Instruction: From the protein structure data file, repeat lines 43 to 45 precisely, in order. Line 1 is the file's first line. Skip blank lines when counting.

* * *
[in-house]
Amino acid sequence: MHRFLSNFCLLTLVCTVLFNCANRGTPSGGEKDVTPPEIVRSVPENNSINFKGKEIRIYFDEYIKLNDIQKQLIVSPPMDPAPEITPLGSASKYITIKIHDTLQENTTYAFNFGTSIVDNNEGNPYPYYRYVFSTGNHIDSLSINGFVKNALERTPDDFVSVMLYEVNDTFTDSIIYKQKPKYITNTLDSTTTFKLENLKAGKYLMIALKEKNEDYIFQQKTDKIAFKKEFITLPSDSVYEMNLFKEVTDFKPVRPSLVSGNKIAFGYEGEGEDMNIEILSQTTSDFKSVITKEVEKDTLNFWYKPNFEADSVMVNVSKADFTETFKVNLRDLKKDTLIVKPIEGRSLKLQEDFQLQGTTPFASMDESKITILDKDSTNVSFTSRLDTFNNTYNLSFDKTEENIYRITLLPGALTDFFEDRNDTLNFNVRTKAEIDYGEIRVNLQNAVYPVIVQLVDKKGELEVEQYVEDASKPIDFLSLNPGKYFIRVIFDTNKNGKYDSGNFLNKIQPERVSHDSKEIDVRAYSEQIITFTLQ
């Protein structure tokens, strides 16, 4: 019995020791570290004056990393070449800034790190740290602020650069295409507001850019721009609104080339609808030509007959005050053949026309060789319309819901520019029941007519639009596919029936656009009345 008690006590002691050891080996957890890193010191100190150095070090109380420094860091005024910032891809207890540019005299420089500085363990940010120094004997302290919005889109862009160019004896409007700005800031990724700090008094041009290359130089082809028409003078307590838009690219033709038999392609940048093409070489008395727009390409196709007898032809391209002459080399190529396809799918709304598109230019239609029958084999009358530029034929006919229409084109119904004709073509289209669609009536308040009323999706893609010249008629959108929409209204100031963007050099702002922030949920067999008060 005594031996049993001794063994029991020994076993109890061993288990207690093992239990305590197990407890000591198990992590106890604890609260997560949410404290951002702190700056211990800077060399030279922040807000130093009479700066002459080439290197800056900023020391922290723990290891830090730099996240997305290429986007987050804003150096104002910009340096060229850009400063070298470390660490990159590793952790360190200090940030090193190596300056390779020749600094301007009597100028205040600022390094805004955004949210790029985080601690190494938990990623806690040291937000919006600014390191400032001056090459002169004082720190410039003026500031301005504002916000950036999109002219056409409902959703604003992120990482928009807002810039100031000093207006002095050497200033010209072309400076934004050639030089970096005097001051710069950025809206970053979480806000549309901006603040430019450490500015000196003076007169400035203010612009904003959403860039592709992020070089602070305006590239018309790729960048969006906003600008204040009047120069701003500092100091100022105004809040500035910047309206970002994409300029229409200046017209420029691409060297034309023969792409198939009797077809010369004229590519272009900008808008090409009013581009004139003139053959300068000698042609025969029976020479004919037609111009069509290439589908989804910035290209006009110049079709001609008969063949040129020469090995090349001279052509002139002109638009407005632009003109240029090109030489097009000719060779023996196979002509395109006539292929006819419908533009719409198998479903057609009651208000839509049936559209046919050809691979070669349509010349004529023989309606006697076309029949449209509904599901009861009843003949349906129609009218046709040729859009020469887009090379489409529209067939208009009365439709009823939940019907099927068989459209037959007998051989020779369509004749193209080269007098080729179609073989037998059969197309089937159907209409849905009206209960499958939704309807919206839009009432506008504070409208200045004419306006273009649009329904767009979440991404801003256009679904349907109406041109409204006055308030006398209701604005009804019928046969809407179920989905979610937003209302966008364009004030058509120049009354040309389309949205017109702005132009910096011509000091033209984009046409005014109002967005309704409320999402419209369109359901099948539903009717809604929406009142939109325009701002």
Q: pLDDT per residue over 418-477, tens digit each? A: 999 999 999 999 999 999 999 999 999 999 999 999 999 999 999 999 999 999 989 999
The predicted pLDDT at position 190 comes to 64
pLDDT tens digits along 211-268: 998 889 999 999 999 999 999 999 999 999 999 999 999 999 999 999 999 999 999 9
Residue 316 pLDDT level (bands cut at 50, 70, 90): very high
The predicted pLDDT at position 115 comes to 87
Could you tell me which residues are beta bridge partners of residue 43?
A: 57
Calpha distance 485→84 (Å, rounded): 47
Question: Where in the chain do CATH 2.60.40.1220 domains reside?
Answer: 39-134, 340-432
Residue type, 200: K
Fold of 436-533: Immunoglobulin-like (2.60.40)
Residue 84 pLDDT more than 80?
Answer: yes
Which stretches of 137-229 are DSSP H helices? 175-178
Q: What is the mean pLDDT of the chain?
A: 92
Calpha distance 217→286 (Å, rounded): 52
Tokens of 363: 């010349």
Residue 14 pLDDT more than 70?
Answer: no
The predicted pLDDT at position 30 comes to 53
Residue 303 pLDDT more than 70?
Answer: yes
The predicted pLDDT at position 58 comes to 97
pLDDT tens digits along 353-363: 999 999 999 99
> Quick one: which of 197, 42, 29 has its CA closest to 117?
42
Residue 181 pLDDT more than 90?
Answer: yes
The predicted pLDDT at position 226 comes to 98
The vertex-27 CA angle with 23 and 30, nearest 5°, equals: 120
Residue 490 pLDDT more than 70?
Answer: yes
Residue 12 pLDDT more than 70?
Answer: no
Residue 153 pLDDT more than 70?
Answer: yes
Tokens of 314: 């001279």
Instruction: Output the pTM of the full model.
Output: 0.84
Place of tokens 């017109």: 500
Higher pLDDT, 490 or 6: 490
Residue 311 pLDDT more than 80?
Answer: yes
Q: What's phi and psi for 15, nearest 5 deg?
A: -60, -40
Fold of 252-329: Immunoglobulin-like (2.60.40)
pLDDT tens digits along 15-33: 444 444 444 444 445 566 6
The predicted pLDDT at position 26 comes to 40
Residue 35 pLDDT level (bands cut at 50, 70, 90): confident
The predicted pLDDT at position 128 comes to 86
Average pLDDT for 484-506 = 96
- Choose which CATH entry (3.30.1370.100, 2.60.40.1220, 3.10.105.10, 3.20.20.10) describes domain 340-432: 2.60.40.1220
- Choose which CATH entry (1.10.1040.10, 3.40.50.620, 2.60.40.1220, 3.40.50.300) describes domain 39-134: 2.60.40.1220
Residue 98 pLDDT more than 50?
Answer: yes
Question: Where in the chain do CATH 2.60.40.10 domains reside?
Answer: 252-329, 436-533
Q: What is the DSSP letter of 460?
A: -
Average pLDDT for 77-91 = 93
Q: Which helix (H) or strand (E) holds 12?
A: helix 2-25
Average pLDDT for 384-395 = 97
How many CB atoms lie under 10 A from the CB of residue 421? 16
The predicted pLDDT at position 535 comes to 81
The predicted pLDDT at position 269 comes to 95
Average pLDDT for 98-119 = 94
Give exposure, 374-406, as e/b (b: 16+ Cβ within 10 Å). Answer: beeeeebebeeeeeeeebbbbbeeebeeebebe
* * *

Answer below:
Instruction: Output the pTM of the full model.
Output: 0.84
Place of tokens 């017109």: 500